Saxon APC

The GKN Defence AT 105 Saxon (4x4) Armoured Personnel Carrier (APC) was developed as a private venture by GKN Sankey, using wherever possible standard commercial components. Its origins lay in the company’s earlier AT 102 IS vehicle developed in 1971 which did not go into production and the subsequent AT 104. The first Saxon prototype was completed in 1975 with initial production commencing in 1976. In 1983 the British Army decided to purchase the Saxon as a replacement to its existing wheeled Saracen and Humber 1-ton ‘Pig’ APCs as well as some of its FV 432 tracked APCs

Essentially a mine-proof lorry (the mudguards for instance are designed to blow off in the event that the vehicle hits a mine, thus allowing the blast to escape sideways rather than up into the vehicle) rather than a Battlefield APC the Saxon is powered by a 164 bhp Bedford 500 6-cylinder diesel engine and is armoured sufficiently to protect the occupants from shell splinters and machine-gun fire. It can carry a standard infantry squad of eight men in addition to the two man crew (Driver and Commander)-The passengers seating on either side of the vehicle. Saxon APCs are on issue to the four Mechanised infantry battalions assigned to the 3rd (UK) Division (51 Saxons and 8 Sabres CVR(T) per battalion).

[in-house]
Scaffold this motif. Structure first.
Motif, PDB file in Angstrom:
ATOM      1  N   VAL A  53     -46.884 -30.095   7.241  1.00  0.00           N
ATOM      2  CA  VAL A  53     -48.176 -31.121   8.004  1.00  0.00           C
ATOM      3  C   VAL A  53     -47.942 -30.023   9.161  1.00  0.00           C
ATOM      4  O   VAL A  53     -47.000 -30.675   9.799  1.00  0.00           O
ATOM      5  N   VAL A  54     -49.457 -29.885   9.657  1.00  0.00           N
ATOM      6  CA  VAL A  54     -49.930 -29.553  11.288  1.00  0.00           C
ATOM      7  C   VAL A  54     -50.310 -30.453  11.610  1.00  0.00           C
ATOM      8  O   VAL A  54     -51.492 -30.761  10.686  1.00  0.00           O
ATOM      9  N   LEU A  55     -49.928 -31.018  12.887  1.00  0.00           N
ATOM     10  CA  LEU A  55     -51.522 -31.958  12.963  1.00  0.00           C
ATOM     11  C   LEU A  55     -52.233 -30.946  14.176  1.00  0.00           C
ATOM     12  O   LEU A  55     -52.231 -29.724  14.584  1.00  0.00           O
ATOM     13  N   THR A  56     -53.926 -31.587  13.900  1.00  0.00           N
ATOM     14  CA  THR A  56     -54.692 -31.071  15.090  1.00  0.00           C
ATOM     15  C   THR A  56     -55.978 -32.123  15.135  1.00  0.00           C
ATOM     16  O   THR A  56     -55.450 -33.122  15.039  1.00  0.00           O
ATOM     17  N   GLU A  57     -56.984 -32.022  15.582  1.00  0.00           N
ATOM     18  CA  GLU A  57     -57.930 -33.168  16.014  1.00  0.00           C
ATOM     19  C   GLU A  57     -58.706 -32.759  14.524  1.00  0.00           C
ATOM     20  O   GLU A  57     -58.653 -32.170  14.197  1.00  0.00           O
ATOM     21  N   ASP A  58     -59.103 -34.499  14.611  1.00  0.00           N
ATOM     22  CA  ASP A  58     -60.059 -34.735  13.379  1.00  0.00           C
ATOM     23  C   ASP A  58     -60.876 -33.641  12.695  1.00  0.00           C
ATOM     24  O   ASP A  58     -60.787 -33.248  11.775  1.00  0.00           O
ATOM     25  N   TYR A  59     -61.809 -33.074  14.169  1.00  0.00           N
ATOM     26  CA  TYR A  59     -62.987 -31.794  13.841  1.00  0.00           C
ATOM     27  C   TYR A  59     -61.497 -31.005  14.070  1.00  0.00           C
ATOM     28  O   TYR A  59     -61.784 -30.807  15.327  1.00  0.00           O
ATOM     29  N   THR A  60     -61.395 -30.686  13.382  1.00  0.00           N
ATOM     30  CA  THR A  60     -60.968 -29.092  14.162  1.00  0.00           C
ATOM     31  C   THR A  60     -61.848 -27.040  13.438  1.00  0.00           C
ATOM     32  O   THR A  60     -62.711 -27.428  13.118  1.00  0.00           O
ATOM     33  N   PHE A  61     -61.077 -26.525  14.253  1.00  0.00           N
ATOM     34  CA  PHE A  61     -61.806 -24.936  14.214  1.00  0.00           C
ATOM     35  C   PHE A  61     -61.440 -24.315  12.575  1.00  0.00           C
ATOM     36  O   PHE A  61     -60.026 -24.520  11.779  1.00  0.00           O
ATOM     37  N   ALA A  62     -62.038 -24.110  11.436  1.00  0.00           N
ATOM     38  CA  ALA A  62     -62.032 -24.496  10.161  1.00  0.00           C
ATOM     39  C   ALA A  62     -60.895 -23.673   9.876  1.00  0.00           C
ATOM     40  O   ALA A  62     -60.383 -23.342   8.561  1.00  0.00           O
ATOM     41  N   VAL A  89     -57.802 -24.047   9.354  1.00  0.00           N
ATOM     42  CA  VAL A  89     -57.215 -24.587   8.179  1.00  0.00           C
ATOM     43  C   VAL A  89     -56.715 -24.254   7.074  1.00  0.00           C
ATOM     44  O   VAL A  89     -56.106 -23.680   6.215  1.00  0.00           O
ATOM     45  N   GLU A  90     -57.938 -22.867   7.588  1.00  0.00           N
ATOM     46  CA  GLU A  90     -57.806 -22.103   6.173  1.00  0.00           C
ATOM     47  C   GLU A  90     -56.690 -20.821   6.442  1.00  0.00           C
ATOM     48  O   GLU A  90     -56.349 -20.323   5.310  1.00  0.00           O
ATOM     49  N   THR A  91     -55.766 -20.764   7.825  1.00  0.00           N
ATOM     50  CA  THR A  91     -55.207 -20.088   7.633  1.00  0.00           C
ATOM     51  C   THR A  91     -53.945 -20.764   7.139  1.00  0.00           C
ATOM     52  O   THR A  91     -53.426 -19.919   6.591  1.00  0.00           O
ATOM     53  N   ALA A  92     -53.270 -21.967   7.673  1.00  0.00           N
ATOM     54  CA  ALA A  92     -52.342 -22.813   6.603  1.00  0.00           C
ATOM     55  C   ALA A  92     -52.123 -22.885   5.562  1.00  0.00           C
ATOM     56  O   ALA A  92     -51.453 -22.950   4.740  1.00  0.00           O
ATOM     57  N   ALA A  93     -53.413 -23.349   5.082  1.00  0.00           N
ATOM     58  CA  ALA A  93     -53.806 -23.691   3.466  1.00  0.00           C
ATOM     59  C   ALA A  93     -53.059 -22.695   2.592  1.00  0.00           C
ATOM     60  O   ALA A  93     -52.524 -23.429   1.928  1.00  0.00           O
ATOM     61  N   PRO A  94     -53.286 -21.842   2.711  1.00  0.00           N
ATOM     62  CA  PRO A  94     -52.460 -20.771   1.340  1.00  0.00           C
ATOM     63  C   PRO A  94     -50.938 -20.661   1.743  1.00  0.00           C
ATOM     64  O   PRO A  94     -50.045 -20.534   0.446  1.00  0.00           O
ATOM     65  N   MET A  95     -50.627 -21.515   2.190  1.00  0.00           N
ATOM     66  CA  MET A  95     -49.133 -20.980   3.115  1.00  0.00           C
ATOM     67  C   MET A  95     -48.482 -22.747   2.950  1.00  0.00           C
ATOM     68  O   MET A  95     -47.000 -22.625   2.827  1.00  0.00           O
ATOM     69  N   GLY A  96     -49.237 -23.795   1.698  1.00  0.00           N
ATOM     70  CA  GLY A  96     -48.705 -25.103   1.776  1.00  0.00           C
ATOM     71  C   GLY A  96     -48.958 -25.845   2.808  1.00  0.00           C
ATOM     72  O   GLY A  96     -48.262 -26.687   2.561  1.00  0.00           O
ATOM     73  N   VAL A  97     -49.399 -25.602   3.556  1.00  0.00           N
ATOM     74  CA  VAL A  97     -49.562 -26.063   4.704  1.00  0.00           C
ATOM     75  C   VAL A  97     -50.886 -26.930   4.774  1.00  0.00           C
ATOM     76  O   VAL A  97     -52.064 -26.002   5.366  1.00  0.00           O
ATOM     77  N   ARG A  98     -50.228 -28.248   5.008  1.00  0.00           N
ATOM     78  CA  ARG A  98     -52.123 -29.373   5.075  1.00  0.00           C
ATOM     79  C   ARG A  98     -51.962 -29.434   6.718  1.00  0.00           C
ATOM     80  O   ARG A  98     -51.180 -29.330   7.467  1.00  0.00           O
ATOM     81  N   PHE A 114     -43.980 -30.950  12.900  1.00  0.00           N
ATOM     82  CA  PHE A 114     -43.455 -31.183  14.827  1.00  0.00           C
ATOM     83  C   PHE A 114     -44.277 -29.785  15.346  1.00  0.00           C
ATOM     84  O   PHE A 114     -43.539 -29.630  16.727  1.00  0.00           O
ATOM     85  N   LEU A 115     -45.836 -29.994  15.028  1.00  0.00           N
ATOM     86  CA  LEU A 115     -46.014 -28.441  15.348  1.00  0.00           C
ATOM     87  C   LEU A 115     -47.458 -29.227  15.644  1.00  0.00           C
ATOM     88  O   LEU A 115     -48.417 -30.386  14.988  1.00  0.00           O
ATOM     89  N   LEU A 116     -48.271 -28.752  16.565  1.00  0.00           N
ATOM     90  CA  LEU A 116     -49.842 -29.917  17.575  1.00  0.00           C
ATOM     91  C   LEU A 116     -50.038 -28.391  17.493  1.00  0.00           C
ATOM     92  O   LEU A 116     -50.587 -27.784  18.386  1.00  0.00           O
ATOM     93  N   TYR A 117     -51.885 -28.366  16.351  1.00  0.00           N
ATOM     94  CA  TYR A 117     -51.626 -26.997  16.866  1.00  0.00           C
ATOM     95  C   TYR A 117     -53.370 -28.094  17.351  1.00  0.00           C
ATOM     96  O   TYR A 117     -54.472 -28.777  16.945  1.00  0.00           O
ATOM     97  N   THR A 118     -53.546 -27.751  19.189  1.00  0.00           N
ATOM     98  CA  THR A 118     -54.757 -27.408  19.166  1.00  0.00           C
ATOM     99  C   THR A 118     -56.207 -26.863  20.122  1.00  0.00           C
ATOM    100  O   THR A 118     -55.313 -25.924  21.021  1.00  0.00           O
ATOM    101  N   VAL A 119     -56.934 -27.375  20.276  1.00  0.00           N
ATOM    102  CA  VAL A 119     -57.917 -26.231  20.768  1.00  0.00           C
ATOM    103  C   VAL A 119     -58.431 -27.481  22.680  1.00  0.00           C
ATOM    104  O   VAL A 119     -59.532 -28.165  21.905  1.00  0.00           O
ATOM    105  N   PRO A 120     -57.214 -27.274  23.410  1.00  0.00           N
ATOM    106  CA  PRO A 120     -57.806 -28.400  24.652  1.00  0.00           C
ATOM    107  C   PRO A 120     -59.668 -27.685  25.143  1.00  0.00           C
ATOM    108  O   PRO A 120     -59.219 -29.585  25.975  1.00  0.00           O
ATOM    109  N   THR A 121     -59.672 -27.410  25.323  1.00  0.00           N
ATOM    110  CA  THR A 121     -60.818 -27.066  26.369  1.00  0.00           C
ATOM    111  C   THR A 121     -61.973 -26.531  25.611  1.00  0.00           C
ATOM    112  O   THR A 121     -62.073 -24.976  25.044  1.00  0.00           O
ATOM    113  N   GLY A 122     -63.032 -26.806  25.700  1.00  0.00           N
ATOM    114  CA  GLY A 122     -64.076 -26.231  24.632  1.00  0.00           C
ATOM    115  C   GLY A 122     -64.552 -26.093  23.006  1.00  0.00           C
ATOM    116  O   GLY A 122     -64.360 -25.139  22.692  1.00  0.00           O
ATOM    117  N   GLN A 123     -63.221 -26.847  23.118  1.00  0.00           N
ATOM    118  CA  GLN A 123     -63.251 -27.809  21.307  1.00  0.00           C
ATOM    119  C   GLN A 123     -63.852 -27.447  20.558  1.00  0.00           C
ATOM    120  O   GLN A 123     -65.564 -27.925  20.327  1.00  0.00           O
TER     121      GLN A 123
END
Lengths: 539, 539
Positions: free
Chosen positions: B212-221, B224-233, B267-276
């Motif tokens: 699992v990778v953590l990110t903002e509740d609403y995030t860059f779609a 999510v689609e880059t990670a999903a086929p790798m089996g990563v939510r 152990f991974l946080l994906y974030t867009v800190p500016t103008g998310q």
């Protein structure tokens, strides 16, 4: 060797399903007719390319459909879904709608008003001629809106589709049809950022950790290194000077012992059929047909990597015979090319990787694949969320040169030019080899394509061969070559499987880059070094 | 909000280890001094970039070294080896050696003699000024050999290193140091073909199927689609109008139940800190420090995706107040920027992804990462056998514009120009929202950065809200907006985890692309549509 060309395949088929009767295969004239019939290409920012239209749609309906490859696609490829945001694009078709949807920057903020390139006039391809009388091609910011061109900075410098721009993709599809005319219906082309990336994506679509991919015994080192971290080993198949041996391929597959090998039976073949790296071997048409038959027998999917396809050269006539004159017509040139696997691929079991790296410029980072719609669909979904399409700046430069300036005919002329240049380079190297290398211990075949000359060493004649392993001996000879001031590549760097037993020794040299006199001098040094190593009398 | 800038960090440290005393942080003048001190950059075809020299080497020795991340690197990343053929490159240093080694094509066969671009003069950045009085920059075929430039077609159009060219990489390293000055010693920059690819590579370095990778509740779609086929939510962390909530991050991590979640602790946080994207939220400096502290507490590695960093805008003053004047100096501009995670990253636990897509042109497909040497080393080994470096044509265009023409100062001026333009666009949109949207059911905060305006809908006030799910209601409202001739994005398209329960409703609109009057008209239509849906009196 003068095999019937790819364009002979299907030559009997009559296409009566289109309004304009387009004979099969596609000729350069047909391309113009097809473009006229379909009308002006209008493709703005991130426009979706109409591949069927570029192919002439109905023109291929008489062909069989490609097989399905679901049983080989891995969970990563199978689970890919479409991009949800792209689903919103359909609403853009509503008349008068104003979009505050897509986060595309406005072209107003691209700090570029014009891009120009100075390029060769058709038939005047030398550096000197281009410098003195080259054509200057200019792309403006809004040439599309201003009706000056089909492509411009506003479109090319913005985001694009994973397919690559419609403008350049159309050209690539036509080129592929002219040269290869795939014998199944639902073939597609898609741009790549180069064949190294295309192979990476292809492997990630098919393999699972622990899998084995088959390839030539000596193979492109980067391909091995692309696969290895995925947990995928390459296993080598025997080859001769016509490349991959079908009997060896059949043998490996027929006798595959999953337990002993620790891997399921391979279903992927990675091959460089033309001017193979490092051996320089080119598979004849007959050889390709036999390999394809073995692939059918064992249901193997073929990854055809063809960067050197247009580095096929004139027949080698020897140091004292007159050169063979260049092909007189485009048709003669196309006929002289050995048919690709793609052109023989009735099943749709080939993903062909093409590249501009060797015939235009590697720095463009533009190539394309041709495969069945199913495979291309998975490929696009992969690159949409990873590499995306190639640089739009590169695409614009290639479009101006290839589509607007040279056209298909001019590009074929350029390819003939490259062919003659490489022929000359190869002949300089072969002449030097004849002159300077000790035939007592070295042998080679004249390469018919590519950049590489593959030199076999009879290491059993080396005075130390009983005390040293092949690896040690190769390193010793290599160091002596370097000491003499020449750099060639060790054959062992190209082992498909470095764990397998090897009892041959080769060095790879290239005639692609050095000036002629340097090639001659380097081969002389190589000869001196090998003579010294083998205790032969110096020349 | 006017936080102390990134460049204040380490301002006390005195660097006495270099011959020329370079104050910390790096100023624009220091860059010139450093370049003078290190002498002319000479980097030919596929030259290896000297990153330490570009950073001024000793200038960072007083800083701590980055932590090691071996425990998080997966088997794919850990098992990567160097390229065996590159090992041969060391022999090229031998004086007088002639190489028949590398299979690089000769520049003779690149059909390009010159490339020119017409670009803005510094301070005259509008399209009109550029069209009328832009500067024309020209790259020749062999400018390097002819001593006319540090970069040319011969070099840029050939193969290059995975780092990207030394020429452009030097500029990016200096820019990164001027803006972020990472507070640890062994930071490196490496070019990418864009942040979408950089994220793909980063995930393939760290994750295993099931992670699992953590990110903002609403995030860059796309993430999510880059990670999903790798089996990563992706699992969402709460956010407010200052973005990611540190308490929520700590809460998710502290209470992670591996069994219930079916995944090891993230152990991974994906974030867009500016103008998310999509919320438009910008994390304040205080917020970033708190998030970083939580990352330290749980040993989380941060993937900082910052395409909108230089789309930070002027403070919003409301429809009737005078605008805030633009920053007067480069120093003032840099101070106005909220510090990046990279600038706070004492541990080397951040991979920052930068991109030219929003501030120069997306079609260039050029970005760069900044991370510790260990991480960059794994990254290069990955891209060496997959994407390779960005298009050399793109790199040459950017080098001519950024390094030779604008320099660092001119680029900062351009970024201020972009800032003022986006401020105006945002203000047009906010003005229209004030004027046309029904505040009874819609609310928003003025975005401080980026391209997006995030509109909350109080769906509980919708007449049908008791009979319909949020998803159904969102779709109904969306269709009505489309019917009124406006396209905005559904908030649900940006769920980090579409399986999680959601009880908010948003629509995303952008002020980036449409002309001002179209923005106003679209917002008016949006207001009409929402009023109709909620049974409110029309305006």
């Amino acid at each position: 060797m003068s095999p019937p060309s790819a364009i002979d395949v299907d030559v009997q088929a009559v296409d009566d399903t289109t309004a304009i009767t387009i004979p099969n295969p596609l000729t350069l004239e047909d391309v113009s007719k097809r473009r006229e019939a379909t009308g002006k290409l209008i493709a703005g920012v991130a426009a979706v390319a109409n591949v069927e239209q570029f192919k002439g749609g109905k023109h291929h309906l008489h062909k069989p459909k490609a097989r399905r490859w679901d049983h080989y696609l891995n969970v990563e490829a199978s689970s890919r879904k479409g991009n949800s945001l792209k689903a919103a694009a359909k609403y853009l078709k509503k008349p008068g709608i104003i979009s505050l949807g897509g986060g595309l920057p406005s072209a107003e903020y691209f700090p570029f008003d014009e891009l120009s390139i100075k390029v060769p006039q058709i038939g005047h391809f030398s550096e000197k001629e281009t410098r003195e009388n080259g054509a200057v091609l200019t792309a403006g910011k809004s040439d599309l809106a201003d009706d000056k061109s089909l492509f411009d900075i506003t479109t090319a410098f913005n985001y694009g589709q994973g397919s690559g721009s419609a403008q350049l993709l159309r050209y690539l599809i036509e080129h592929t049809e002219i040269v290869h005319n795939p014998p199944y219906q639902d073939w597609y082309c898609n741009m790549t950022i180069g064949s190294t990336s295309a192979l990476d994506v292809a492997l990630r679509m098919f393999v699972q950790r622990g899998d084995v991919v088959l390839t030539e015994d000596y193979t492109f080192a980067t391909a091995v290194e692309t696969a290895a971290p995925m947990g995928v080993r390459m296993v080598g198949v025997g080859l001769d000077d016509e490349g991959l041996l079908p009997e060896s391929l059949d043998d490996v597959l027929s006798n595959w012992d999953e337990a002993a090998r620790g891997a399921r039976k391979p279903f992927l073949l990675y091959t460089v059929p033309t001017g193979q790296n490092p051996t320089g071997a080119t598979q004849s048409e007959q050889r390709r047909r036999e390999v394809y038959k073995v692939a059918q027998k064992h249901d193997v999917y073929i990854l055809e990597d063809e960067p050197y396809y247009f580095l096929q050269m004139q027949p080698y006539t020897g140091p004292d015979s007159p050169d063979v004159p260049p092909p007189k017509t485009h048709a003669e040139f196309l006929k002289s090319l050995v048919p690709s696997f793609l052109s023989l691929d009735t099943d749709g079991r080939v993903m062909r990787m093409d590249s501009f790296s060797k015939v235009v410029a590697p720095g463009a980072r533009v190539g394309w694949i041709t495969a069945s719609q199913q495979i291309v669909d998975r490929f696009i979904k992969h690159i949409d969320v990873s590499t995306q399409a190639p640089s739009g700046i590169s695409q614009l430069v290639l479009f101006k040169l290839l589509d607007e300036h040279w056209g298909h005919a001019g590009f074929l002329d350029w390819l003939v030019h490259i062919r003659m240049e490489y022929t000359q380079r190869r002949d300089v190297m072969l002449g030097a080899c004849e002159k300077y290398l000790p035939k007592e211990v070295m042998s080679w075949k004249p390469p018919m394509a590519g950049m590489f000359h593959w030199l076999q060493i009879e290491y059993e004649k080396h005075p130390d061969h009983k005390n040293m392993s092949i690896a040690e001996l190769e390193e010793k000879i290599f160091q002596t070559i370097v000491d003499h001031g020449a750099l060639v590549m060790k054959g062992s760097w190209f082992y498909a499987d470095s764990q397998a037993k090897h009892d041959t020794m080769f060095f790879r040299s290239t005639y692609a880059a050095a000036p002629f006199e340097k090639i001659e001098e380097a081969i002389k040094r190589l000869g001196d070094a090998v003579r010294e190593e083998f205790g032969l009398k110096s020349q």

Standard equipment includes power steering, Run-flat tyres, and a 7.62mm mm machine-gun in a fixed cupola operated by the vehicle commander. Various optional extras can be fitted including firing ports/ vision devices, air conditioning, auxiliary power unit, heater, grenade launchers and a front mounted winch. A one or two 7.62mm machine-gun is also turret available.

In addition to the APC, the Saxon also appears in a number of specialist versions. These include an Ambulance version (AT105A) with accommodation for two stretcher cases; A Command vehicle (AT 105C); 81mm Mortar Carrier (AT 1054MR); and a light recovery vehicle.

One version that has seen use in Northern Ireland is the Saxon IS (Patrol) Internal Security vehicle which is powered by the 160 bhp Cummins BT05.1 engine instead of the Bedford 6 cylinder installed in the APC. This is equipped for internal security operations with such equipment as a roof mounted searchlight, improved armour, fittings for loud speakers, a barricade removal device and an anti-wire device.

At a unit price of £145,000 the Saxon although a useful addition to the Army’s inventory has not really the ability to survive on a serious battlefield it has neither the speed or agility to operated alongside armoured forces, and is likely to be replaced in the future by the Multi-Role Armoured Vehicle (MRAV) or FRES programme vehicles. Nevertheless as a ‘Battlefield Taxi’ it has proved its worth in UN operations in Burma and elsewhere.

In addition to the 590 Saxons employed by the British Army others have been purchased by Bahrain (10), Brunei (24) Hong Kong (6) Malaysia (40) and Oman (15) bringing total production to almost 700 vehicles.

The Saxon has a maximum road speed of 96 kmh (59.6 mph), a range of 480 km (298 miles) and can ford to a depth of 1.12m 3.67 ft

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